From the New Horizons mission at http://pluto.jhuapl.edu/http://pluto.jhuapl.edu/
"On Video: What Is Pluto?
Pluto has been a newsmaker and topic of scientific fascination since Clyde Tombaugh discovered it in February 1930. While conversations continue about Pluto's planetary identity, at least one theme carried through the talks at last summer’s Pluto Science Conference."
Tuesday, February 18, 2014
Eighty-four years ago today, a junior astronomer at Flagstaff, Arizona’s Lowell Observatory discovered a new planet while blinking photographic plates taken of the sky a few weeks earlier.
A little more than one year from now, the strange new world this young astronomer discovered will be revealed to us up close in glorious detail by the New Horizons mission. What has appeared to us for so long as little more than a tiny dot will become a real place, with landscape features, color, and texture.
This is why the mission’s Principal Investigator, Dr. Alan Stern, describes 2014 as “Pluto Eve”—the last year in which we will know Pluto as a tiny dot, or in the best Hubble pictures, two tiny spheres surrounded by four even smaller ones. In January, the New Horizons Science Team held the first of four two-day workshops in preparation for the flyby, refining plans for each of the spacecraft’s seven scientific instruments, assessing any danger to the spacecraft from dust and debris in Pluto’s vicinity, and preparing for the big reveal of the poster child for the solar system’s third class of planets.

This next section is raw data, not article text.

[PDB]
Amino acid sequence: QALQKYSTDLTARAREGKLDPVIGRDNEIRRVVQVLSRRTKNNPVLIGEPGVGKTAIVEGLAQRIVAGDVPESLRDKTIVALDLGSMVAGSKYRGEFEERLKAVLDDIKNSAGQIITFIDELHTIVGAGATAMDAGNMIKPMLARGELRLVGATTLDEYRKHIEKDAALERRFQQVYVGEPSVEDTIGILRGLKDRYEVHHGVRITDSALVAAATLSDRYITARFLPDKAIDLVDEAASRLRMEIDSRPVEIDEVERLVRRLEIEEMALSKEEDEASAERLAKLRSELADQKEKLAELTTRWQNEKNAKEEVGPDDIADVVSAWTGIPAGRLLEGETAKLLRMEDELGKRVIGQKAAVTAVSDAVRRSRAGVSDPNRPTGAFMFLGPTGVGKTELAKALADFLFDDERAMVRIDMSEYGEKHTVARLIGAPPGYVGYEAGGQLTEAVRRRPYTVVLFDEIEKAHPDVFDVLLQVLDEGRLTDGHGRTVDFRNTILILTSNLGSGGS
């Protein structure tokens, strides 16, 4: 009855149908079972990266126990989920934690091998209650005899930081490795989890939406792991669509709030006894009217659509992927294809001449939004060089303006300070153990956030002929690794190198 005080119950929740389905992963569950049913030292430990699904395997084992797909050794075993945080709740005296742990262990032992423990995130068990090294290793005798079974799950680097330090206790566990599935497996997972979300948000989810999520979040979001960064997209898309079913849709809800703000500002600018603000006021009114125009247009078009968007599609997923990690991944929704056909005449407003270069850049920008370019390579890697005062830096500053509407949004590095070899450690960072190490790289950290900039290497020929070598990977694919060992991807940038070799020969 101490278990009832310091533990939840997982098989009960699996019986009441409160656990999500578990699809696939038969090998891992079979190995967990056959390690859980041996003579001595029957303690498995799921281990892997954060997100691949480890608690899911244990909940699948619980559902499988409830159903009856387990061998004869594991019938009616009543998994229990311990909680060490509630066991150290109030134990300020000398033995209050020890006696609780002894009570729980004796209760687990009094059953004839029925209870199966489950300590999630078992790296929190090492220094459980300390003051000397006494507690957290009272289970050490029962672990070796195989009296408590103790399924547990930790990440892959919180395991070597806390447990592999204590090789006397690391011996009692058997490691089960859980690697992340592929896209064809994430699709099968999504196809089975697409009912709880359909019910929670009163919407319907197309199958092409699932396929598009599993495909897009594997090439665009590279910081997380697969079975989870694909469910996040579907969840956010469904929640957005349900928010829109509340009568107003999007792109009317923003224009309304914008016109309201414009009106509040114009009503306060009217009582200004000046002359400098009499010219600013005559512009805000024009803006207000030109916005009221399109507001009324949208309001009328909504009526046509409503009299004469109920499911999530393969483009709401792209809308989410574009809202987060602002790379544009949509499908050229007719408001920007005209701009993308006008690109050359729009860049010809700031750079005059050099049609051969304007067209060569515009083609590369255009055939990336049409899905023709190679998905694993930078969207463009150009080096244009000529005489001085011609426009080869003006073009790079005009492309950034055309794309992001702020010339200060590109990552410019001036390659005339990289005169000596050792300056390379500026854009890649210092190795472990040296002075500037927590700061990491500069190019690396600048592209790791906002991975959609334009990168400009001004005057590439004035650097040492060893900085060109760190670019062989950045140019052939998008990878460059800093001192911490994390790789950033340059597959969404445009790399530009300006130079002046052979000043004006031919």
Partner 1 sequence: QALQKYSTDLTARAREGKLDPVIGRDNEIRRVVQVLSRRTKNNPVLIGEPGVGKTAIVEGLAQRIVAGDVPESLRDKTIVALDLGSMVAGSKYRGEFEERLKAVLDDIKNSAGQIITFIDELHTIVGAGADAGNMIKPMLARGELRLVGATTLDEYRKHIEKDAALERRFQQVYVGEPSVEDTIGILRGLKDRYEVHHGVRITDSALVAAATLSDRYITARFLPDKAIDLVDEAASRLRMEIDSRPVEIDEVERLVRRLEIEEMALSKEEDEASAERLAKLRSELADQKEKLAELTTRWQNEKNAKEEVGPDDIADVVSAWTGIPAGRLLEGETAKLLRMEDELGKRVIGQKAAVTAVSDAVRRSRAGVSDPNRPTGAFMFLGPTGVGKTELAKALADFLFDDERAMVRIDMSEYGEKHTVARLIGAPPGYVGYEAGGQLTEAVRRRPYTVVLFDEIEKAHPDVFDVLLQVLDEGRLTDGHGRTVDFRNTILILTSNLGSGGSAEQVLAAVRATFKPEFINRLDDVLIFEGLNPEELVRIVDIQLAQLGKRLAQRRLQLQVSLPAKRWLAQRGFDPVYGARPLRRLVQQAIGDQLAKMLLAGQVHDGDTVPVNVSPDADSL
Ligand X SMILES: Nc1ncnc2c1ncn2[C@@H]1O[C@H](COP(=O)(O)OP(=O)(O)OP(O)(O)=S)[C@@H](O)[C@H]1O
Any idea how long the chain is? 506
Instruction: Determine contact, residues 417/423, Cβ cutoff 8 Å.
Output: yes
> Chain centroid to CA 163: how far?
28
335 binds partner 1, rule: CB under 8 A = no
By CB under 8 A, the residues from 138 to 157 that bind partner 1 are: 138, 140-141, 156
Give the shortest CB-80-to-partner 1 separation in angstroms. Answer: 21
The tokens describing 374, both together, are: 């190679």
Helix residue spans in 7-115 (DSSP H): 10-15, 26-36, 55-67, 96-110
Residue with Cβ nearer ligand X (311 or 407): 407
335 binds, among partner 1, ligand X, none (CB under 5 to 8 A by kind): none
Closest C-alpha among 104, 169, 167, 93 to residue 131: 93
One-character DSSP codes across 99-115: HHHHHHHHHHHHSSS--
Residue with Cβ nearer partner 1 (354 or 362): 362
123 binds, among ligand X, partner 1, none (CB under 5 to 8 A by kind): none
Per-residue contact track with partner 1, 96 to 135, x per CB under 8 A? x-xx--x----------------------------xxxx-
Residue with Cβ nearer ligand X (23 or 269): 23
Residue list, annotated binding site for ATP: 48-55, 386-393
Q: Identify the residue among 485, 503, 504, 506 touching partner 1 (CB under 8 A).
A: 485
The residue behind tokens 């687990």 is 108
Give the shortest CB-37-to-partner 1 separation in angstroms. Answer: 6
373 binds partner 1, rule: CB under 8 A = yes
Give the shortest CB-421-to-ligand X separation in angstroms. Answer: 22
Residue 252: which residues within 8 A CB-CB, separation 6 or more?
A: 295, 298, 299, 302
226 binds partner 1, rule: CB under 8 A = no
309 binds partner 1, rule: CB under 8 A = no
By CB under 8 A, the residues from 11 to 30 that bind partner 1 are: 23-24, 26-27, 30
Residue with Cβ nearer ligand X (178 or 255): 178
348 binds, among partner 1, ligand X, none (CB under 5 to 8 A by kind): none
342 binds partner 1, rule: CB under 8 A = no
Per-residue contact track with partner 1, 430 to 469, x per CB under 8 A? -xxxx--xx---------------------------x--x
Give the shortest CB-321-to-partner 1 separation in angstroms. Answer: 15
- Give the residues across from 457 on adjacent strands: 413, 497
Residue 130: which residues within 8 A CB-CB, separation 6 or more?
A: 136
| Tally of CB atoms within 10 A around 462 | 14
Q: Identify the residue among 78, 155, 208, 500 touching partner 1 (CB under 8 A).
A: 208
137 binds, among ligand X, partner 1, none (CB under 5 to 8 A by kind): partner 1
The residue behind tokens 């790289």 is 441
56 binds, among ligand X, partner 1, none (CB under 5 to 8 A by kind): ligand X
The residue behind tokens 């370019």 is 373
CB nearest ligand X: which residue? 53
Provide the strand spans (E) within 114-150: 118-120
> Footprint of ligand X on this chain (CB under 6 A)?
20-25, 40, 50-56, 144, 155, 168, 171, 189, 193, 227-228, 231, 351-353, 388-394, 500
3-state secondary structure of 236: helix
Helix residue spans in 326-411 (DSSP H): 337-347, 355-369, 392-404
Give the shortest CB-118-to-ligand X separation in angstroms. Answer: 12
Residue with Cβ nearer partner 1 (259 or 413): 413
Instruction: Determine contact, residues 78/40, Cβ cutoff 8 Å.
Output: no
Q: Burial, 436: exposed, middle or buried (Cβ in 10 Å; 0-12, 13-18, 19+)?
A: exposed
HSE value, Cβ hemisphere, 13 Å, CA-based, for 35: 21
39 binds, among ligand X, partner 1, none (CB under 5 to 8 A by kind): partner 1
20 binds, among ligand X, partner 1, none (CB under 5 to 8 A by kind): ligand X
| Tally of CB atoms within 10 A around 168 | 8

Also one year from now, the Dawn mission will arrive at Ceres and settle into orbit around the small planet first discovered in 1801, revealing the secrets of that world, which, like Pluto, might potentially harbor a subsurface ocean.
Two years from now, we will know more about this third class of planets than anyone has ever known in human history. No one was quite sure what Clyde Tombaugh discovered in 1930 because it didn’t quite match anyone’s expectations. In one year, we will finally know.